If Christianity isn’t about forgiveness, it’s about nothing at all.
Goal: to become disciples of love who master the art of forgiveness.
If we enter the Christian faith to find forgiveness, we must continue in the faith to become forgiving people, because to be an authentic follower of Christ we must embrace the centrality of forgiveness.
When Christianity speaks of forgiveness, should there be an asterisk attached to the word to indicate that forgiveness is not applicable in extreme situations like the concentration camps of Nazi Germany, the ethnic cleansing, in the former Yugoslavia, and the tribal massacres of Rwanda?
These are just a few quotes from the book.
I don’t usually read other people’s reviews before I read the book and write down my own thoughts. I’m not sure why I scanned through the reviews on Amazon, but I did. I was immediately apprehensive when one reviewer described “Radical Forgiveness” as a difficult book to read.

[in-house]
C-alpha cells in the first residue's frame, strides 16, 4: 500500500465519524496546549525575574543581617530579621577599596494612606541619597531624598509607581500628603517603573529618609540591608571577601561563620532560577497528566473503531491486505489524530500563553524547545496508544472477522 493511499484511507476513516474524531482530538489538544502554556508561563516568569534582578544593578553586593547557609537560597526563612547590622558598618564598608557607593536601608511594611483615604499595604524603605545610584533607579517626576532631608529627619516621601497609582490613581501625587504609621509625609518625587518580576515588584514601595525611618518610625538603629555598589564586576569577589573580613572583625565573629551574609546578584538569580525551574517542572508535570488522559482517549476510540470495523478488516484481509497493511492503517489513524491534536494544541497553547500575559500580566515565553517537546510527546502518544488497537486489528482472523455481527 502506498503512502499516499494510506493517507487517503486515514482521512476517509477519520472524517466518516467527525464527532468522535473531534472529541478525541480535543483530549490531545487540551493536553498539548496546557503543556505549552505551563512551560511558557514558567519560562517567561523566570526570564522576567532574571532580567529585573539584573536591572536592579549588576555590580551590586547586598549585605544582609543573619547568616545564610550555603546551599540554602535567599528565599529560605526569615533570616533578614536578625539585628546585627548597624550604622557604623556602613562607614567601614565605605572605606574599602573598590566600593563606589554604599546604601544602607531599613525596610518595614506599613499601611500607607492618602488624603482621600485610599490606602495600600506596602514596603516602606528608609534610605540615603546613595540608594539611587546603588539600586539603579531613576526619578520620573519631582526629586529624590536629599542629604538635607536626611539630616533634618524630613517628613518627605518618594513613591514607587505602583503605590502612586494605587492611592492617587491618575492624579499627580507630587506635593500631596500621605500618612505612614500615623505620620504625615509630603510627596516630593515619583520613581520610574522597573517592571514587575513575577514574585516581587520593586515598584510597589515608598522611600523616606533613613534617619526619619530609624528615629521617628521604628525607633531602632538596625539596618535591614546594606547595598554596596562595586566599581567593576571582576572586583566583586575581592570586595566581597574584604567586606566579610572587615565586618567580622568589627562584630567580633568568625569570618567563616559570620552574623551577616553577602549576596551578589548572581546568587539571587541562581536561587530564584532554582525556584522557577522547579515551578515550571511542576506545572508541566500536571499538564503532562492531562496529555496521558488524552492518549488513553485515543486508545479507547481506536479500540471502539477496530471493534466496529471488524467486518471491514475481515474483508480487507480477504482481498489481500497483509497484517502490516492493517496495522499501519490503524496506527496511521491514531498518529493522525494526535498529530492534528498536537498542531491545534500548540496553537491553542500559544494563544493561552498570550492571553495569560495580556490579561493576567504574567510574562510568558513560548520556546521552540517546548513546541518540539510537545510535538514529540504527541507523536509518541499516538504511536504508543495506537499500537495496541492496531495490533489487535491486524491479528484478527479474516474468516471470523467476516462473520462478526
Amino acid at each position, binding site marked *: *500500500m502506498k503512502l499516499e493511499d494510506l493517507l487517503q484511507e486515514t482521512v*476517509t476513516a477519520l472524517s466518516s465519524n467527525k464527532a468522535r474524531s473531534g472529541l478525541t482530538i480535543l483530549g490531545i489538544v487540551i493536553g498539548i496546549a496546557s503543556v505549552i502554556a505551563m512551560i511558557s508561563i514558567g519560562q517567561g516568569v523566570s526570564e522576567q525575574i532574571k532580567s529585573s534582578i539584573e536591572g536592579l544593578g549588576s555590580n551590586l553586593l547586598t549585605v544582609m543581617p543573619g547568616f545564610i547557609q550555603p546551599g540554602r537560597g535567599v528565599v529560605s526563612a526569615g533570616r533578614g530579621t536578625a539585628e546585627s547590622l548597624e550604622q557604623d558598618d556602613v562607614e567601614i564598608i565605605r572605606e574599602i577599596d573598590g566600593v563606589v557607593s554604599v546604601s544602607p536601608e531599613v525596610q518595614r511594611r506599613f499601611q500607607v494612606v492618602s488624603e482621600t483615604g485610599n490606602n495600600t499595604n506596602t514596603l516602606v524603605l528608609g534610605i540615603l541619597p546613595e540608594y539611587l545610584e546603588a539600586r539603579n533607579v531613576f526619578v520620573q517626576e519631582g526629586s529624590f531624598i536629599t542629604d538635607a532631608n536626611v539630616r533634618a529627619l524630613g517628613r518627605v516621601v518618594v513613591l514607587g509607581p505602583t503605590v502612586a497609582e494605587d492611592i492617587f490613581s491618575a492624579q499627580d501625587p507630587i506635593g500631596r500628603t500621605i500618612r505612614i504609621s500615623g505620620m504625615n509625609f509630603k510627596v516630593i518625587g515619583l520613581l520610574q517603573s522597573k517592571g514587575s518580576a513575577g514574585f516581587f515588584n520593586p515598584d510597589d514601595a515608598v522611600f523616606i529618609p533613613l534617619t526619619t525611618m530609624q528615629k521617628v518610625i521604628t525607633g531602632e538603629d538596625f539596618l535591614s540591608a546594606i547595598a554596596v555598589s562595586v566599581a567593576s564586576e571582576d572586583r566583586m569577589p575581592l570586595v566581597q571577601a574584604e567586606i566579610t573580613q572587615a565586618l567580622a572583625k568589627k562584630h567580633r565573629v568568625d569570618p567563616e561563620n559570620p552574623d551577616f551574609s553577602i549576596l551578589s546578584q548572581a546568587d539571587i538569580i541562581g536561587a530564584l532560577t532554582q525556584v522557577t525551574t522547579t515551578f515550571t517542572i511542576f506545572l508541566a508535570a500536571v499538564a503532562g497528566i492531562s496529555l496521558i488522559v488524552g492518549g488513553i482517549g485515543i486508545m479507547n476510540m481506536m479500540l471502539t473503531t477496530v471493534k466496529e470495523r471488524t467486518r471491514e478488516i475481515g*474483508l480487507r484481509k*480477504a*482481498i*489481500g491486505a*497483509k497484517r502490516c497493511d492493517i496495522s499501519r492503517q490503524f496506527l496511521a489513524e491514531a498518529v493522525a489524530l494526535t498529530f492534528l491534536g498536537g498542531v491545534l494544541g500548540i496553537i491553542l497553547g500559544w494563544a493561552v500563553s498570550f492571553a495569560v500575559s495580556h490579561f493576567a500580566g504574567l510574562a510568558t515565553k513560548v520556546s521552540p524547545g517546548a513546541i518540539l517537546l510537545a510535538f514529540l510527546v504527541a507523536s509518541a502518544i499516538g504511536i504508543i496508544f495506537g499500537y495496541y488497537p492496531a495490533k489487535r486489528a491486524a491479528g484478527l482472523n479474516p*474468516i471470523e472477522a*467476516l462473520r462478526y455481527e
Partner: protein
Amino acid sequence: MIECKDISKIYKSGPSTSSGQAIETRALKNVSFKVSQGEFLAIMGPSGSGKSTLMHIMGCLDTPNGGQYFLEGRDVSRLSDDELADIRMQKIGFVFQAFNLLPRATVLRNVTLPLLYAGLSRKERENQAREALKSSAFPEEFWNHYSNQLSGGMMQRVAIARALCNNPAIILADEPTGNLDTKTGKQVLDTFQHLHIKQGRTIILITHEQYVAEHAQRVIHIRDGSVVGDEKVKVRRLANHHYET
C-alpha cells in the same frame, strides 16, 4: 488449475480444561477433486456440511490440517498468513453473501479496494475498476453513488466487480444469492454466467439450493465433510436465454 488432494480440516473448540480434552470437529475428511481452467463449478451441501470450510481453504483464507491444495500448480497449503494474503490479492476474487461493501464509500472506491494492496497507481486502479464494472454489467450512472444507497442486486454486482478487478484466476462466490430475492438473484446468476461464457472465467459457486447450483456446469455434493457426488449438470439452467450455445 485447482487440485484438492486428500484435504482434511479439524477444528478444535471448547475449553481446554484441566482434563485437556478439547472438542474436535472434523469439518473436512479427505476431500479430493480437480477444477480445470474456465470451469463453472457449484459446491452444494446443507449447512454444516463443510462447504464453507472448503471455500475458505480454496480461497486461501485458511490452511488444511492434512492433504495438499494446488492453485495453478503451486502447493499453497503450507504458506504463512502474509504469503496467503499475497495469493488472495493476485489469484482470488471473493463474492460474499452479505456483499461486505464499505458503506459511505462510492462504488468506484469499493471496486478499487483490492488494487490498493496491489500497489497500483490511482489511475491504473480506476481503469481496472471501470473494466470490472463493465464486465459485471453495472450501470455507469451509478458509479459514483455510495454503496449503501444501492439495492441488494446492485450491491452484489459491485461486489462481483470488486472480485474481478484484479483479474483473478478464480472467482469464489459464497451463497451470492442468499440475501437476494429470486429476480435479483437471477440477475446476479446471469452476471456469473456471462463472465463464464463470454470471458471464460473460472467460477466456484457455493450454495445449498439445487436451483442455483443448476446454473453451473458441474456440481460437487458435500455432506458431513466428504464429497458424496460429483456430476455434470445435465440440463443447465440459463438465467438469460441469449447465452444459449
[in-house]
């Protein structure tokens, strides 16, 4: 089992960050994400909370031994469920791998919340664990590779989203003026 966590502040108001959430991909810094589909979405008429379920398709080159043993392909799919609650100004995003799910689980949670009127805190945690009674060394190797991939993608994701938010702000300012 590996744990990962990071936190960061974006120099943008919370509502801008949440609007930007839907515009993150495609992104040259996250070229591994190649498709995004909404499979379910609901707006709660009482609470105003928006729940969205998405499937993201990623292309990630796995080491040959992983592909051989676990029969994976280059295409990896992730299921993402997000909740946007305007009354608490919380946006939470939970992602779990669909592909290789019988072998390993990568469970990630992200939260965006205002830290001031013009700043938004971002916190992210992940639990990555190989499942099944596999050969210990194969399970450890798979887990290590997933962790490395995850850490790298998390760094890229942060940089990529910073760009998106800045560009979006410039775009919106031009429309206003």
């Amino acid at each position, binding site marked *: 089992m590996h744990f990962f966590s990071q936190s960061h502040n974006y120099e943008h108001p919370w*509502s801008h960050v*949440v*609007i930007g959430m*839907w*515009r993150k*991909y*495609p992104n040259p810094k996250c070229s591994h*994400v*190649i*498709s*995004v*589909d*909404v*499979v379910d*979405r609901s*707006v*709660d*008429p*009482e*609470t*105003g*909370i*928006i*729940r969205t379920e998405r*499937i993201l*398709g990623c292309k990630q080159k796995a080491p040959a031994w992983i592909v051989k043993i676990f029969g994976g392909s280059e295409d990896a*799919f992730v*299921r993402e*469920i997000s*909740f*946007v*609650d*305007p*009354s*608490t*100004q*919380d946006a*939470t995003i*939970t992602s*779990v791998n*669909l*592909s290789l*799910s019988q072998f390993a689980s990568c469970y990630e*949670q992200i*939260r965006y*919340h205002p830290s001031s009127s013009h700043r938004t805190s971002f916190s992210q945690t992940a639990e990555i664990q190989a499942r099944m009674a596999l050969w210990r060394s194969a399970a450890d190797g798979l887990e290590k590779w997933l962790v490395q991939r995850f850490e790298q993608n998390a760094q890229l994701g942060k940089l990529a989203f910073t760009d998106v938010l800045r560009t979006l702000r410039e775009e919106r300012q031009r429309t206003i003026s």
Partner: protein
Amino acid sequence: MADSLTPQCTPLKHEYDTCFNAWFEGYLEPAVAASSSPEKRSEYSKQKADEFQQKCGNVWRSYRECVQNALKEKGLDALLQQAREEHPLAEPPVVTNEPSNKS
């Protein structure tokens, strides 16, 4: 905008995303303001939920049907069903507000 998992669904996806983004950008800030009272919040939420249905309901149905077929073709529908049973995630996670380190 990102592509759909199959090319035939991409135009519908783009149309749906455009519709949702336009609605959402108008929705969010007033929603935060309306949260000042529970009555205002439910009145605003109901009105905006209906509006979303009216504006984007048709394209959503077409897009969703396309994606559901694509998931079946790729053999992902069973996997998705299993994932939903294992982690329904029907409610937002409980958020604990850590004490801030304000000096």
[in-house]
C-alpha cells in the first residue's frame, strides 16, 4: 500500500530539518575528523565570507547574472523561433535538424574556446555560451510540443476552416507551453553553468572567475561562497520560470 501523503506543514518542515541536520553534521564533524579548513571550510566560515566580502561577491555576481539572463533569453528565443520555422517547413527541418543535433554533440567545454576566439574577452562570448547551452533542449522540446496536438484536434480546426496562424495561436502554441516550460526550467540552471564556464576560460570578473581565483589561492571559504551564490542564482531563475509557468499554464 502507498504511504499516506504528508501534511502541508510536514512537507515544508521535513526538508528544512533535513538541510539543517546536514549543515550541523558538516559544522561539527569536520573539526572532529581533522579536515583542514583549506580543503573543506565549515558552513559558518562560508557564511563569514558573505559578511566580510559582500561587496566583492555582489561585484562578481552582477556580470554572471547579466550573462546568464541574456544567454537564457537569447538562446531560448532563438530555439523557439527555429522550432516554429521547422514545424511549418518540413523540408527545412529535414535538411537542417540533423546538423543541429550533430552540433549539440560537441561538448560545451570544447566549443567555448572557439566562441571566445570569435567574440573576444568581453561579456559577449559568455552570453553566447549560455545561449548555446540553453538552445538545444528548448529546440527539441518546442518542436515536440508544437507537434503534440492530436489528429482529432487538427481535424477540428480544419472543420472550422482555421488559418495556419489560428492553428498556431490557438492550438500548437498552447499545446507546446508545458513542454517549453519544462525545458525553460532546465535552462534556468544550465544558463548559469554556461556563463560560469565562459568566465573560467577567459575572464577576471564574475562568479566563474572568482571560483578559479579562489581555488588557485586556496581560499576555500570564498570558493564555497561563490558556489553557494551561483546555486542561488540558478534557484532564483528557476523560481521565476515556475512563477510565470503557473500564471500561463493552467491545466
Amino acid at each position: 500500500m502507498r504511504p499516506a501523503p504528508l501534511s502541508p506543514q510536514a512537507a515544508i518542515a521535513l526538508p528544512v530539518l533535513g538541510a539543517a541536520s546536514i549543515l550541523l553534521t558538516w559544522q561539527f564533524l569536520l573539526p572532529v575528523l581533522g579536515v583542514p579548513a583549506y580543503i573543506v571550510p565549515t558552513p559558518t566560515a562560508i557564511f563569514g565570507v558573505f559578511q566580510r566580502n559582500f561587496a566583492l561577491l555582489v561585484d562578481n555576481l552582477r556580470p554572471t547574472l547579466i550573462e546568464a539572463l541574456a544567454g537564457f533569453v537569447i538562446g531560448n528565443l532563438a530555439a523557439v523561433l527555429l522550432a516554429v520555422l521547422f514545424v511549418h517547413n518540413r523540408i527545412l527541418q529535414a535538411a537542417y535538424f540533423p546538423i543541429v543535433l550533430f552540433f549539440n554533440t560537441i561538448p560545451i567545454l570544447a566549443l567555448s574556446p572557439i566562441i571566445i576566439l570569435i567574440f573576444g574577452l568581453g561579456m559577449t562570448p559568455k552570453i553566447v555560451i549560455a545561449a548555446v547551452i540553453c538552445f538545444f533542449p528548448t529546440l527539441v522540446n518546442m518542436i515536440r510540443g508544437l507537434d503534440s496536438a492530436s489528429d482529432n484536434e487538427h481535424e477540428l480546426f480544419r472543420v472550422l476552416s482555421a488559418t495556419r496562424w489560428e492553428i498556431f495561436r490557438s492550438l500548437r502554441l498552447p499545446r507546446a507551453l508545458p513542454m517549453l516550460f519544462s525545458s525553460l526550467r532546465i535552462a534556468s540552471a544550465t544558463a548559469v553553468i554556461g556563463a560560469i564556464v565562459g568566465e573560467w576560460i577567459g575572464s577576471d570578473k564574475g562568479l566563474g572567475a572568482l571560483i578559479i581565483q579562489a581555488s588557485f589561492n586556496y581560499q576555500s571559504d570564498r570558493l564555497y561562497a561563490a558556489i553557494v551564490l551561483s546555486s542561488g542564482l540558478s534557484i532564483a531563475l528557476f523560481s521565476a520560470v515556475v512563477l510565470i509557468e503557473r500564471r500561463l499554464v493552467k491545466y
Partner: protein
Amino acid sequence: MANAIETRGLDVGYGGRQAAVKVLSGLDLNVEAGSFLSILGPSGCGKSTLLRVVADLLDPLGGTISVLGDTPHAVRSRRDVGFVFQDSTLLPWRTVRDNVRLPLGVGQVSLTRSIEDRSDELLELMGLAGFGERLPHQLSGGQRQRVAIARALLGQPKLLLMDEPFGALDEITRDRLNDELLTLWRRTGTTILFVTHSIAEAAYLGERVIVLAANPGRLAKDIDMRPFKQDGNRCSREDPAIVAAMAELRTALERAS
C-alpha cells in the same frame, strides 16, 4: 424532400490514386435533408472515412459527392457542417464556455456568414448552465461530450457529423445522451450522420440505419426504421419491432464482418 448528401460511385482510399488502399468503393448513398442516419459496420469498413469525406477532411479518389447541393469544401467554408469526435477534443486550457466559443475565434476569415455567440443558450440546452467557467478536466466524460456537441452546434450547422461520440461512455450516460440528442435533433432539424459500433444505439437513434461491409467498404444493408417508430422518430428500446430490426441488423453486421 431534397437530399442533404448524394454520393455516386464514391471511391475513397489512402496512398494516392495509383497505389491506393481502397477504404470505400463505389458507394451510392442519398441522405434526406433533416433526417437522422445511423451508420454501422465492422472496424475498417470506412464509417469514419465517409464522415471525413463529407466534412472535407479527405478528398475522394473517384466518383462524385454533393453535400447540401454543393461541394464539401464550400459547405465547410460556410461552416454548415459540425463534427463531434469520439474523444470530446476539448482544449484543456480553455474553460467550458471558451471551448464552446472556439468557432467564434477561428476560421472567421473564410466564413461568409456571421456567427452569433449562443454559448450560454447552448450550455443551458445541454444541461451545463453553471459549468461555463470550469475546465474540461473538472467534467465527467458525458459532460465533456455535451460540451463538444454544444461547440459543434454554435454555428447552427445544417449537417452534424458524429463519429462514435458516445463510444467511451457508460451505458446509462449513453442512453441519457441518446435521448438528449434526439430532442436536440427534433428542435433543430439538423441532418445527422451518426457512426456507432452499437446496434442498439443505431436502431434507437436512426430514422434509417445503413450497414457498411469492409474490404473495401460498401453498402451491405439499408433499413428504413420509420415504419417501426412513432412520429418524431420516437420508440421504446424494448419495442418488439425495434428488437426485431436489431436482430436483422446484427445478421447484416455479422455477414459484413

I’m not put off by scholarly books, but I was afraid that was what I was diving into.
I couldn’t have been more wrong!
What makes this book “difficult” is that it is very simple and direct. It is not the kind of book a person can read and remain unchallenged. I think it would make an excellent small group study for groups who are wanting to take their faith to a deeper level.
From the back of the book: Pushing you beyond intellectual exercises, “Radical Forgiveness” will challenge your thinking by juxtaposing absolutely bottom-line examples with the simple question: What would you do?
There are pages of endorsements in the front of this book. On the front cover you’ll find an endorsement by Eugene Peterson. This author, and particularly this work, are well-thought of in the Christian community.
Bonhoeffer challenged believers to go against “cheap grace.” Brian Zahnd has done the same for forgiveness in this book.
I would strongly recommend this book. I am pleased to have it in my library.
I received a copy of this book from the publisher in return for a review.